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Environmental group finds Bay Area lacks "smart growth" development policies

By Caitilin McAdoo, Bay City News Service

June 28, 2006

The Bay Area does not have the necessary policies in place to bring about "smart growth" in the coming years, according to a report published today by the Greenbelt Alliance, a local land conservation agency.

According to the report, the region is projected to gain about 1 million people by the year 2020. So called "smart growth" is a term used to encompass everything from preventing urban sprawl to protecting open space to providing adequate public transportation that will relieve traffic congestion and reduce pollution.

"The sooner we act the more opportunity we will have to make growth have a positive impact," Greenbelt Alliance East Bay Field Officer David Reid said. He said staff members, interns and volunteers spent about a year and a half researching and compiling information for the report. "Now is the time to build the strong foundation for smart growth," he said.

Reid said that if cities have smart growth policies in place, they will be able to build stronger communities, which will in turn contribute to better schools and reduced crime rates. In addition, if counties protect open space areas, they will be able to better protect natural resources such as water supplies from becoming contaminated, he said.

The Greenbelt Alliance evaluated the policies governing development in the 101 cities and eight counties in the Bay Area. San Francisco was evaluated as a city and not as a county.

According to the report, Bay Area cities were doing about a third of what they ought to be doing to make sure policies were in place to prevent urban sprawl, make sure parks are accessible to residential areas, create affordable housing, encourage mixed uses of land and define how they would like to see their areas be developed, among other things.

On average, counties scored slightly higher than cities in having existing policies for growth currently in place, but were reported to still be about half as prepared as they should be according to the report.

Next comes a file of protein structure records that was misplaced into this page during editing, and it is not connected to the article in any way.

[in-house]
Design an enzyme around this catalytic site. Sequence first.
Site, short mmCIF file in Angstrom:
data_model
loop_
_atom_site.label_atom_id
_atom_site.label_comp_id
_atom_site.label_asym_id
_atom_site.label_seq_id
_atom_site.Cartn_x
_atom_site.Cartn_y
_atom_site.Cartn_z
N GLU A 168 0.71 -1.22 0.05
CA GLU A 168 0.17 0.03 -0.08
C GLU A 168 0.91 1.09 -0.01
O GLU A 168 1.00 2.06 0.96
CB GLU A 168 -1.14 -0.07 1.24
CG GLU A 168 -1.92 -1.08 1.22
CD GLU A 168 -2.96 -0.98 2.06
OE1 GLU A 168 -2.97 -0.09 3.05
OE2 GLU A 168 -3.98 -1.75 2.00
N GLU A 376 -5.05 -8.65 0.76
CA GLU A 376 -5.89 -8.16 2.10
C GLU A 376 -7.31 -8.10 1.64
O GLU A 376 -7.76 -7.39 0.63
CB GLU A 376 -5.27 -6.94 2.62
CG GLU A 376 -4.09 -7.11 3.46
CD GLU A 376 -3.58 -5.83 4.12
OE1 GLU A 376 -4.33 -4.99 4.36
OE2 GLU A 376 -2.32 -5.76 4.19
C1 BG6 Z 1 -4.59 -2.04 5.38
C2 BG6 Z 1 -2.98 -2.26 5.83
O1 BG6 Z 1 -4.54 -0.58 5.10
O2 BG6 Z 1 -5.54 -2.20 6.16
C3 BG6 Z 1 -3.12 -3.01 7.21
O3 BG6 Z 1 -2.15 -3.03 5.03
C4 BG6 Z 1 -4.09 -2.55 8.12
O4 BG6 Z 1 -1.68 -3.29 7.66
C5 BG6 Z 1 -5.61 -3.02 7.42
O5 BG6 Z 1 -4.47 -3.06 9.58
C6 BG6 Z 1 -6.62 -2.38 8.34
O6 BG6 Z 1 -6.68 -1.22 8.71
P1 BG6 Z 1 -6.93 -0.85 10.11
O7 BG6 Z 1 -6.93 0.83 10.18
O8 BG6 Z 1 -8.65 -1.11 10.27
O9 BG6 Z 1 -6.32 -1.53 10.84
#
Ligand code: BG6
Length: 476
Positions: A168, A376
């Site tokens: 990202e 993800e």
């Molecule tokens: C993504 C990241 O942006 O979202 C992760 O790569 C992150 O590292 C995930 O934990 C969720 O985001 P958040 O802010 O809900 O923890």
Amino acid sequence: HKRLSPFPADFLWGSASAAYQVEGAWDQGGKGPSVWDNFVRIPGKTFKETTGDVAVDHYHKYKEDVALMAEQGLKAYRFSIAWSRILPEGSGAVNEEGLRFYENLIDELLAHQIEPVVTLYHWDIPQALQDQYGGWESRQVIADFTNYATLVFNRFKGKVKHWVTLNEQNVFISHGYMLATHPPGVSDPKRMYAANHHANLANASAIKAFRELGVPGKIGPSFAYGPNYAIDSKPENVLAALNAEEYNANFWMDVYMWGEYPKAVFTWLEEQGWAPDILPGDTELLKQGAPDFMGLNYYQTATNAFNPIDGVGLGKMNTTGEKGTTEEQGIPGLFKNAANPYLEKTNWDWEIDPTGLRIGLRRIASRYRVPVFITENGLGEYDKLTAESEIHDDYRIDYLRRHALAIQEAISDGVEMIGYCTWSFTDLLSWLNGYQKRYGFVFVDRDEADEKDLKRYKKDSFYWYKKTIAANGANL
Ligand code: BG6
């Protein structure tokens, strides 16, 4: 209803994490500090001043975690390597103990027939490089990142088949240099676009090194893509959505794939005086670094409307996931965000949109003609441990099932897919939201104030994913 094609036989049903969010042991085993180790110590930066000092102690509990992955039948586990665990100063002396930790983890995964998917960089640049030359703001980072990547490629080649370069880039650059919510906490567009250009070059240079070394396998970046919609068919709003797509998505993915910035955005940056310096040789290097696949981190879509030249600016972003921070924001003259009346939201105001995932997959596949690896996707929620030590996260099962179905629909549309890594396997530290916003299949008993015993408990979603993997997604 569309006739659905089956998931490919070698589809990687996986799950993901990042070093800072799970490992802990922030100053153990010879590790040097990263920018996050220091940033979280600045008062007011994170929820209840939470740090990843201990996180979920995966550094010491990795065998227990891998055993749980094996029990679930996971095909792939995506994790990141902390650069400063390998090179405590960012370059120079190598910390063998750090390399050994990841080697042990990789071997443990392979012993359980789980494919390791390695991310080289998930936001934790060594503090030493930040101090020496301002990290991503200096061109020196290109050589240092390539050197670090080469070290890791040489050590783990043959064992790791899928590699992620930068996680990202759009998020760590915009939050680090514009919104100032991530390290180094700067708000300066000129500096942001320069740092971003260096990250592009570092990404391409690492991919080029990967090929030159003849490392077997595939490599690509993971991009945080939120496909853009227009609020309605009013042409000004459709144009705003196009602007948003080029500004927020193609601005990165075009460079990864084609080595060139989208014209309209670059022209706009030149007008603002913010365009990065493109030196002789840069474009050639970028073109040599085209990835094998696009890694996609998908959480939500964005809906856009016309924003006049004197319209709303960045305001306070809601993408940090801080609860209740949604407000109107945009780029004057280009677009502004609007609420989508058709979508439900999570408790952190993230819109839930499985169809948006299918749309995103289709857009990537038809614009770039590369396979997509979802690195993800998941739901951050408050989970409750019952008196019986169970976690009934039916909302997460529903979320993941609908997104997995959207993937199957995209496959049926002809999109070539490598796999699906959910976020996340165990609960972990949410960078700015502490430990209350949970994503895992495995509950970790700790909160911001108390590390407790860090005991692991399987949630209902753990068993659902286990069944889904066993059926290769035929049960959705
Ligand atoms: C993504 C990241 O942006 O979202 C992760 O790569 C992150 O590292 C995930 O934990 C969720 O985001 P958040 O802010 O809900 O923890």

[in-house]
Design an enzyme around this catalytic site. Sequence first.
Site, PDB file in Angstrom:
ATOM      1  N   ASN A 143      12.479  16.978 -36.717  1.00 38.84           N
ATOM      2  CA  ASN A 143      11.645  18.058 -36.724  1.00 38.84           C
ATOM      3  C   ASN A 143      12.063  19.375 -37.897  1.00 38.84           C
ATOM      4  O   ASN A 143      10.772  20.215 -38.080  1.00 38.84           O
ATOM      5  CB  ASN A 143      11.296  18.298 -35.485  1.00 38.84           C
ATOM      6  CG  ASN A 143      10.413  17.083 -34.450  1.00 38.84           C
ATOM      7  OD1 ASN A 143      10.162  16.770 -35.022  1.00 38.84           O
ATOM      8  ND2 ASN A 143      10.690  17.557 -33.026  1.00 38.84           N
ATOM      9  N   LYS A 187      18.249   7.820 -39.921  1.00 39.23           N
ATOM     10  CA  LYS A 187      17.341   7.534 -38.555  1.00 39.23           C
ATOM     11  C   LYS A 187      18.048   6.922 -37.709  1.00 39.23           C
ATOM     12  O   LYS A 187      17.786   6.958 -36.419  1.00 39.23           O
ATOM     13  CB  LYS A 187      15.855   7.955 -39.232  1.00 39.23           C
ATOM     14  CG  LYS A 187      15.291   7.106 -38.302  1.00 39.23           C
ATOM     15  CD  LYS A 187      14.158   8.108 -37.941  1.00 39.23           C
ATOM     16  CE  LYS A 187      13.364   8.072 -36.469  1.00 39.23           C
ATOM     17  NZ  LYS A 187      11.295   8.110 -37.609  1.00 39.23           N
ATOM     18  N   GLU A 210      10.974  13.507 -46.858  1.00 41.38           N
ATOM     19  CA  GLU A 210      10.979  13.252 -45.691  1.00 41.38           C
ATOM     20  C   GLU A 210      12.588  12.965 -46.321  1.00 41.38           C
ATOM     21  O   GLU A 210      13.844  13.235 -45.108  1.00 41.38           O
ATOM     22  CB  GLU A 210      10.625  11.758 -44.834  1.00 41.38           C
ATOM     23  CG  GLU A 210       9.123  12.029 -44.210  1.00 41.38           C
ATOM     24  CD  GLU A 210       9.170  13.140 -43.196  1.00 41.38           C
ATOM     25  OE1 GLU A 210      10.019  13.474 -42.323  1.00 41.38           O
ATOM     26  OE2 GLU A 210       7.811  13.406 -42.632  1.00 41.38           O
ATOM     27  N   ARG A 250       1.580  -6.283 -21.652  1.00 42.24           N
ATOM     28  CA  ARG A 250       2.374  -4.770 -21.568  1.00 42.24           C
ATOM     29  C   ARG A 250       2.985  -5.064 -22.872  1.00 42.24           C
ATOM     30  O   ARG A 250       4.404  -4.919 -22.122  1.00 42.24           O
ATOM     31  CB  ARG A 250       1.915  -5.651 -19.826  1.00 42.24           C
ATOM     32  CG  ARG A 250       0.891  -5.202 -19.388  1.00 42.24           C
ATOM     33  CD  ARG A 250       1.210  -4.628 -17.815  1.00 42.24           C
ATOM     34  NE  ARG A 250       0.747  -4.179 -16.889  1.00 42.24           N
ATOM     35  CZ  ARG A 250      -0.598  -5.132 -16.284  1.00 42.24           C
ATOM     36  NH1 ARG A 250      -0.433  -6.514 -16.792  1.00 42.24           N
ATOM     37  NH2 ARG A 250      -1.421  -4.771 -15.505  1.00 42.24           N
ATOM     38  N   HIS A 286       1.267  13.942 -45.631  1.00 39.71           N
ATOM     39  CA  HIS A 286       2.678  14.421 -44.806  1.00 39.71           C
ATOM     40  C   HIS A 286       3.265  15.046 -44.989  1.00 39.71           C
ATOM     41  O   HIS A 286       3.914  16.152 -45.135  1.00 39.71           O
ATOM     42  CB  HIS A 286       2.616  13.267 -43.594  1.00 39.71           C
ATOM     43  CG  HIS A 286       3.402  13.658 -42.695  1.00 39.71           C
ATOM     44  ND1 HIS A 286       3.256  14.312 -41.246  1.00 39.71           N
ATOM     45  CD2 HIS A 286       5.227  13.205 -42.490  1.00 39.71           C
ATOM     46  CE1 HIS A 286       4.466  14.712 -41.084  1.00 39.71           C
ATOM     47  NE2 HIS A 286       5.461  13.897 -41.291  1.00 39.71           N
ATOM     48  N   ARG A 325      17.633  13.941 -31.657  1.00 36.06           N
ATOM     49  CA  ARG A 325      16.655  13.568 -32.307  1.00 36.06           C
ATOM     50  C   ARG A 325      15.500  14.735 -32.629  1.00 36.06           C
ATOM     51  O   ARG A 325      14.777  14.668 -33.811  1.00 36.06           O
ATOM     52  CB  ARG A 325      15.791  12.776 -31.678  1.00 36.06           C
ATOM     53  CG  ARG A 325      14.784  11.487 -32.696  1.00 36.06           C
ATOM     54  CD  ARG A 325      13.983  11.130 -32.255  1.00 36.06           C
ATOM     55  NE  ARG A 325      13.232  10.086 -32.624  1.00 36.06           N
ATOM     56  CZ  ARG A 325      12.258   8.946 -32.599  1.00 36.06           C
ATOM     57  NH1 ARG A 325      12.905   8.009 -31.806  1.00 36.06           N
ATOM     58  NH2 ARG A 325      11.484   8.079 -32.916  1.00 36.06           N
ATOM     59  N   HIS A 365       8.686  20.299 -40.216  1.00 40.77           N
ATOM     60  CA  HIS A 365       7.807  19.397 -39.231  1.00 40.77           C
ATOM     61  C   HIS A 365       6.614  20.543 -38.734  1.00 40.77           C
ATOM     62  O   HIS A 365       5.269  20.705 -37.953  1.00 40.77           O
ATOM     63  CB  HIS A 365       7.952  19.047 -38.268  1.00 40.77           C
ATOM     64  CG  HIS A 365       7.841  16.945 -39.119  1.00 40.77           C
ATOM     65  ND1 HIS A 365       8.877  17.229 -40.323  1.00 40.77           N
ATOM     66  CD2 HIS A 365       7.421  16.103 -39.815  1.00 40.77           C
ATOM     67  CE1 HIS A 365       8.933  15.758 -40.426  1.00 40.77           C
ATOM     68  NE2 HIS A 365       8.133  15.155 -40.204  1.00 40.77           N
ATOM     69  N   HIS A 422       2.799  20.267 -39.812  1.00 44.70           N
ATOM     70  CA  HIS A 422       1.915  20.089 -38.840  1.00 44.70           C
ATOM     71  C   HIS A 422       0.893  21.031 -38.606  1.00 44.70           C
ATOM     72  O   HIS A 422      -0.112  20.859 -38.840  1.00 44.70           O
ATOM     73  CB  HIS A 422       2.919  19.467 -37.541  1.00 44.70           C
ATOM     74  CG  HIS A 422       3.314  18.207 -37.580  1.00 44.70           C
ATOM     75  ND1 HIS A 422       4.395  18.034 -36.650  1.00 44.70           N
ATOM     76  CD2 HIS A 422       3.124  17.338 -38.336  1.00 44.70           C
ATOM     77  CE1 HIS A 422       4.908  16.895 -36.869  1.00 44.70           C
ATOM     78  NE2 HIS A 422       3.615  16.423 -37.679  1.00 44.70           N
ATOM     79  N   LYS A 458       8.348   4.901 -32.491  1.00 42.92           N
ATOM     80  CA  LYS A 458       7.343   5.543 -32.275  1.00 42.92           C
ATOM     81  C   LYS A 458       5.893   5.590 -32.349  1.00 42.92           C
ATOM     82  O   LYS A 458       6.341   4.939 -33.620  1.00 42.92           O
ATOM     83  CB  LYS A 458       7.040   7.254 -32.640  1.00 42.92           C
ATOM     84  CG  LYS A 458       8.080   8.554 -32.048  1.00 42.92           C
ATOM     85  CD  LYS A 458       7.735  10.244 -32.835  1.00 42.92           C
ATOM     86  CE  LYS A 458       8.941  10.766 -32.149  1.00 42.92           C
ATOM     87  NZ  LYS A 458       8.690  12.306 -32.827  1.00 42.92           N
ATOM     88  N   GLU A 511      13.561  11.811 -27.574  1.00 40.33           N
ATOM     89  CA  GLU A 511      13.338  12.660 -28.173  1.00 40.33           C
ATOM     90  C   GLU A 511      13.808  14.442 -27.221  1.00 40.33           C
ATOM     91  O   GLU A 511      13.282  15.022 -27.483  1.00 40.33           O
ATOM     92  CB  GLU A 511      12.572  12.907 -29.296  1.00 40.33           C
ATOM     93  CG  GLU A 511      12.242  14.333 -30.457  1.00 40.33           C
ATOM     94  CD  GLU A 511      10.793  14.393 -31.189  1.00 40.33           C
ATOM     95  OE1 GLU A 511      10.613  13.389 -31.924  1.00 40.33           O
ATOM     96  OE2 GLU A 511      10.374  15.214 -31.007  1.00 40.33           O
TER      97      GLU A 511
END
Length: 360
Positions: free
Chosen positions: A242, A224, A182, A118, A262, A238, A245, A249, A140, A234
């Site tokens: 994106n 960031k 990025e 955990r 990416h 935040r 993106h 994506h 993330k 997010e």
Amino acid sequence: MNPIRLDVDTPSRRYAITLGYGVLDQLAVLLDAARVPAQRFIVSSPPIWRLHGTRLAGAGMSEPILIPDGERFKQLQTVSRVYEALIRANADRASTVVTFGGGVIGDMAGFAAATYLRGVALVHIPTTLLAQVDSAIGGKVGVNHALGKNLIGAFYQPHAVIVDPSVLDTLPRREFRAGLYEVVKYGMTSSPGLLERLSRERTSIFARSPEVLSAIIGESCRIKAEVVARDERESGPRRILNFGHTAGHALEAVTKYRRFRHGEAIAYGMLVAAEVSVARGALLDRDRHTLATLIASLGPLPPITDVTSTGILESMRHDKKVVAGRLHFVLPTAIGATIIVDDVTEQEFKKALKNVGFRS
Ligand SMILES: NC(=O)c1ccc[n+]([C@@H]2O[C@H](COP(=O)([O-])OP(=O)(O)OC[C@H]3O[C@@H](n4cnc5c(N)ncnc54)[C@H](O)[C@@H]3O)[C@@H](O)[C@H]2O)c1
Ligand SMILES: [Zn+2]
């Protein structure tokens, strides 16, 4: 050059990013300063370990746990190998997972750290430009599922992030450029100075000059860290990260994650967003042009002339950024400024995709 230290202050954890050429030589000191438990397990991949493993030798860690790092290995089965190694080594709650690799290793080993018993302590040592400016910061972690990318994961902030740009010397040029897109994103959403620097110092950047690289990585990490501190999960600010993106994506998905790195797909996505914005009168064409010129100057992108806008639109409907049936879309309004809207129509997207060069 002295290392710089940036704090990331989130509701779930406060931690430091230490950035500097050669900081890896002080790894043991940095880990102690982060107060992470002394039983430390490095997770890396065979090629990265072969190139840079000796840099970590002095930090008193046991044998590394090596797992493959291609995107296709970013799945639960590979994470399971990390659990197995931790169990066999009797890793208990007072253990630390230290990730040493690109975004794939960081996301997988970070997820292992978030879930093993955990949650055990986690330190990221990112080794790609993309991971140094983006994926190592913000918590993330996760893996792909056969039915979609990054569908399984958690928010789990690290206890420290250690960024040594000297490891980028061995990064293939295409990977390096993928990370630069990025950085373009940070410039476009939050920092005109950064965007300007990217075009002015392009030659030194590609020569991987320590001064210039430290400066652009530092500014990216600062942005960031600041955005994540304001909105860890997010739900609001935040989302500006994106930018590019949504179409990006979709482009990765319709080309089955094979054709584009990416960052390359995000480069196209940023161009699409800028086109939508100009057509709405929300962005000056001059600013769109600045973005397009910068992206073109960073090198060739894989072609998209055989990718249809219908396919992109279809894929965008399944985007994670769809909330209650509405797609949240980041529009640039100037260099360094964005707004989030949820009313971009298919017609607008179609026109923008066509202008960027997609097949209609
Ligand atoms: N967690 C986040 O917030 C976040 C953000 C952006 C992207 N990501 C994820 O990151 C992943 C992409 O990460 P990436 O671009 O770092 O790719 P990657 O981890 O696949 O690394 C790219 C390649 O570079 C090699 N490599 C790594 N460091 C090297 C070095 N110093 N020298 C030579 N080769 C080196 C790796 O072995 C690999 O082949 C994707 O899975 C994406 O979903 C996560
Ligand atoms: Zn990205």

Counties were evaluated for their policies related to managing growth, protecting open space, preserving agricultural land, conserving natural resources and developing public transportation.

The report also found that only 25 of 78 eligible cities (cities not bounded by water or other cities) have urban growth boundaries to define where development should and should not go.

Only 31 cities require parks to be within walking distance of every resident. Only 59 cities have ordinances that require a percentage of homes be affordable to low or moderate-income families.

Seventy-nine cities allow a mix of homes, shops and jobs in their downtowns and near transit, making it easier for people to walk from one to another.

Five of eight counties have open space districts. Sonoma County received the only perfect score on its open space protection policies.

Reid said that he hopes cities will use the report to strengthen their own general plans by looking at other cities that may be doing better in some areas. He said he also hopes citizens will use it as a tool to become active in promoting smart growth in their communities.

Copyright © 2006 by Bay City News, Inc. -- Republication, Rebroadcast or any other Reuse without the express written consent of Bay City News, Inc. is prohibited.




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